The 5 Biggest First Draft Myths 


The 5 Biggest First Draft Myths

First drafts are rife with mythology. Some myths apply mostly to new authors, others to even experienced veterans.

Here are the 5 biggest myths and how to bust them.

First Drafts are Final Drafts

Unless you are the divine author of a religious text, cough – not a chance -cough, then your first draft likely deserves some extra TLC. 

New or beginning writers notoriously over exaggerate the state of their first drafts. To use a dating analogy, this is the honeymoon phase, where every word glows with artistic perfection, every sentence sings and your masterpiece seems destined for well-deserved glory.

Odds are, though, that the masterpiece is not yet ready for prime time. Few authors rattle out a final product on thier first try. 

Besides, I think it was Hemmingway himself who said…

First Drafts are Crap

Well, he said something like that. There is a lot of truth to that statement, certainly more truth then the delusion of grandeur. 

So if you have to choose a delusion, this one will probably serve you best. It’ll motivate you to put in the effort required to master the craft.

First drafts are the unfiltered selfies of the literary world.

The myth comes into play with the possible (and predictable) exaggeration of the statement. While first drafts are not final drafts, neither are they likely to be fully and fatally flawed.

Most stories have redeemable qualities that, through focused attention and insightful revision, can be enhanced to the level of publication.

Sure, some first drafts are worse than others. Beware, however, of descending into the deep darkness of despair over a less than stellar first draft.

A first draft is called a “first draft” based on the assumption of many drafts to follow. Each new draft holds the potential  and the promise of elevating the story. 

First Drafts are Fun

Ok, ok: this myth is arguable. Certainly there are periods of fun in writing or most people wouldn’t do it. At the same time, few novels are written in endless semantic ecstasy.

I have never heard of a (good, published) author that describes writing as pure enjoyment. Rather, writing is compared to bleeding, struggle, torture, excavation (Stephen King) and childbirth.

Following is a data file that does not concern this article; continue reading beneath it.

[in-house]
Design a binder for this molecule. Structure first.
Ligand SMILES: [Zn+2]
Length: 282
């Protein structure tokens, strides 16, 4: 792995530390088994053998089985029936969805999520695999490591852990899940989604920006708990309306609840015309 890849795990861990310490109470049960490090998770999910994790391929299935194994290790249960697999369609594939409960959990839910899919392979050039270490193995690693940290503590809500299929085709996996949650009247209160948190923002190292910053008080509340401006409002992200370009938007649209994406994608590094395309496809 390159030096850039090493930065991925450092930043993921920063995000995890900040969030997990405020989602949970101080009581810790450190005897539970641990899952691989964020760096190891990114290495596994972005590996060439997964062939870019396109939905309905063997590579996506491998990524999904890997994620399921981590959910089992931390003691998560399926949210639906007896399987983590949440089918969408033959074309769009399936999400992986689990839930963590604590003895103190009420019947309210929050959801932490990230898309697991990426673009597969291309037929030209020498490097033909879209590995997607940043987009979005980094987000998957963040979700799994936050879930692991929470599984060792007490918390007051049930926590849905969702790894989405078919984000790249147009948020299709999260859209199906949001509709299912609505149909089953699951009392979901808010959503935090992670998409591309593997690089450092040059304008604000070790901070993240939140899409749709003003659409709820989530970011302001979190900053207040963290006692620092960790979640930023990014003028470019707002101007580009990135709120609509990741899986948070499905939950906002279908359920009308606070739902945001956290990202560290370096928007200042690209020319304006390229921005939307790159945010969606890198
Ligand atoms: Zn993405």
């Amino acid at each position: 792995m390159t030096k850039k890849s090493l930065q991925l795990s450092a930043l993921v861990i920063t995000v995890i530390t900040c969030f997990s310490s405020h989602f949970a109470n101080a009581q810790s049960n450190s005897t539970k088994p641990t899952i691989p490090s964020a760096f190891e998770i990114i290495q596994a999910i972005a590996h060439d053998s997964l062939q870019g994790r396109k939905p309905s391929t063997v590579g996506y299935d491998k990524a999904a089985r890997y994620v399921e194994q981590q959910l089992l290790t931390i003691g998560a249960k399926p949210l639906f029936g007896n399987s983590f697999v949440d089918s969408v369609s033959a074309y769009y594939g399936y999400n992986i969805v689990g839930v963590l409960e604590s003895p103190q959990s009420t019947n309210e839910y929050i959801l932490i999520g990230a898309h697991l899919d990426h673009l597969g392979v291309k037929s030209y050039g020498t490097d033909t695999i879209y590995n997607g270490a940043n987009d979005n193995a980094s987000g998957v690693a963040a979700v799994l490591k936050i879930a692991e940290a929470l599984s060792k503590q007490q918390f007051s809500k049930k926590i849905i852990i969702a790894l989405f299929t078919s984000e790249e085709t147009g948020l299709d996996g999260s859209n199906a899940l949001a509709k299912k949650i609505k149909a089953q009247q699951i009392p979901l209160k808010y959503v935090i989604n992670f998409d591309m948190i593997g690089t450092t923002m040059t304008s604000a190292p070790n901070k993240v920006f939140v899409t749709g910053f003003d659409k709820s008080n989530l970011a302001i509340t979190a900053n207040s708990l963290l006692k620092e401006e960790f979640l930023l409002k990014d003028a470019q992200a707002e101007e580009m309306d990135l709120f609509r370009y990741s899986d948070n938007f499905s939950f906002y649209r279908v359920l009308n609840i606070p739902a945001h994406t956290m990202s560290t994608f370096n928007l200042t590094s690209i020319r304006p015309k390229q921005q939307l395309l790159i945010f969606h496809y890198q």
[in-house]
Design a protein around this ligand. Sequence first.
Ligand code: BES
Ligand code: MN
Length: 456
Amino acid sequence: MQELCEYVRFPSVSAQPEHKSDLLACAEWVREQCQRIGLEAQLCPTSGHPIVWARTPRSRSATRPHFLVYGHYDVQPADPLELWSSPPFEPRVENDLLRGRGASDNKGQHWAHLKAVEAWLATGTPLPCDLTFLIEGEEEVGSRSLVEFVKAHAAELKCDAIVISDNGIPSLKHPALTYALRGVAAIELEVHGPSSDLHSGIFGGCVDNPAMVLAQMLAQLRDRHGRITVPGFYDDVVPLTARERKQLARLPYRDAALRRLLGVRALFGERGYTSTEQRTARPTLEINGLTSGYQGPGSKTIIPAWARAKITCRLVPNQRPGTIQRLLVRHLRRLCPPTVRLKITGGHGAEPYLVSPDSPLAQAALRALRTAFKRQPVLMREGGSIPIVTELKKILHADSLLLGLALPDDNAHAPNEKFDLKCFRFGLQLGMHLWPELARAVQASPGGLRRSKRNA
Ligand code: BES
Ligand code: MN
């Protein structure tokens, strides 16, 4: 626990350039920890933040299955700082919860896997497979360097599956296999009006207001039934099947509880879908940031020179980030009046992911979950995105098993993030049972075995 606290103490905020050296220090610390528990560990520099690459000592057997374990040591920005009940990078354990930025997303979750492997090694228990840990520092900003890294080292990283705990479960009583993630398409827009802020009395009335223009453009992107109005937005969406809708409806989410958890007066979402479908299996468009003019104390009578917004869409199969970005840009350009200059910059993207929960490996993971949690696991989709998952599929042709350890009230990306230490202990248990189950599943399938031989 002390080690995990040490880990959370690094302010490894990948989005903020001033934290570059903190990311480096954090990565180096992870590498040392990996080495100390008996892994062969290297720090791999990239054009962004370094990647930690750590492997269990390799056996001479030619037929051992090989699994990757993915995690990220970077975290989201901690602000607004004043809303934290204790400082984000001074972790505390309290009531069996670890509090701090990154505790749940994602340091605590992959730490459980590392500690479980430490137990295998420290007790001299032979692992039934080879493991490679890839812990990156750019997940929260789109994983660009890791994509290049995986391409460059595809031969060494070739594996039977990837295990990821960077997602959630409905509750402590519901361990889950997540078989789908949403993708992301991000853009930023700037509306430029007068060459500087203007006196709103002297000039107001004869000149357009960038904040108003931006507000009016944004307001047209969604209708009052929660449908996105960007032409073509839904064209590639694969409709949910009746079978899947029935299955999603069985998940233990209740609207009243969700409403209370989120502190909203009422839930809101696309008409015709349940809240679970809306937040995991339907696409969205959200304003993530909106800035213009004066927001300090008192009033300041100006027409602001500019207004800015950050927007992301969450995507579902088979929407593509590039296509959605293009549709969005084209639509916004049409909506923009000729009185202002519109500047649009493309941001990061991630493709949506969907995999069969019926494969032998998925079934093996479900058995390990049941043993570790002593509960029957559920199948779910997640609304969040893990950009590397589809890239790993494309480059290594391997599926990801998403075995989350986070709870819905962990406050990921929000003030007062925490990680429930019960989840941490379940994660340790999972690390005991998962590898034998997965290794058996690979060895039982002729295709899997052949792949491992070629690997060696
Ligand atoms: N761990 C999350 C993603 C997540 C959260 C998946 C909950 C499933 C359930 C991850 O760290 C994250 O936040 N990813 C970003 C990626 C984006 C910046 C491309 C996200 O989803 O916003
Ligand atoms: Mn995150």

Childbirth isn’t a bad analogy — both involve pain, messes, screaming and joy. 

First Drafts are Fixed 

Sometimes the problem with first drafts isn’t so much the quality of prose as the contraction of ideas. 

A challenge with forming any concept into a singular shape is that it is often difficult to come at it with a completely blank slate, reshaping it into something new and better, because that old original shape appears fixed, un-malleable.

The truth, though, is much different. The first draft is just one form of the story that has endless  variations of character, setting, plot and direction.

First Drafts are First Drafts 

If you’re staring blankly at this myth like you just got zapped by one of the Men in Black, rest assure, this is a real myth.

A first draft is most widely known as a first version of the story we want to tell, when in truth, you might not even know the story until you have written the idea out.

Even those who use an outline, known as plotters, may discover the story while putting pen to paper. In this way, writing becomes a journey of discovery, an excavation of ideas instead of a translation.

Key Takeaways 

  • Go into the art of writing assuming that you will need multiple drafts
  • Discover what elements, setting and context best produces a flow state for you and then do your best to reproduce those elements every day. In this way, you will likely find more enjoyment in the daily exercise of writing.
  • Realize upfront that at some point in your writing you will likely experience a dark, oppressive pall that shades everything in lifeless drudgery. Your work probably isn’t as bad as it seems in those moments so push through and you often find on the other side both a better draft and a deeper appreciation for your work.
  • Never forget that anything on a page or screen can be changed, manipulated, deleted or replaced. You have endless options to make everything in your story different and better. You have complete freedom, you are the master of your literary universe and you can change anything at will. 

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Christopher Kokoski is a speaker, trainer and author of Wicker Hollow and the Past Lives novel series.

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Posted in books, reading, screenwriting, writer, Writing
5 comments on “The 5 Biggest First Draft Myths 
  1. Shruti says:

    “first drafts are unfiltered selfies of the literary world.” hahaha. love it.

  2. […] The 5 Biggest First Draft Myths […]

  3. I was the delusional newbie. I finished writing and immediately sent my work out to five agents who immediately rejected it 🙂 One of the five was nice enough to inform me it wasn’t ready. She proceeded to give me a list of things that were wrong with the pages I sent–head hopping, on the nose writing, overwriting, numerous grammatical and structural errors oh yeah and I had the dreaded dragging dialogue 🙂

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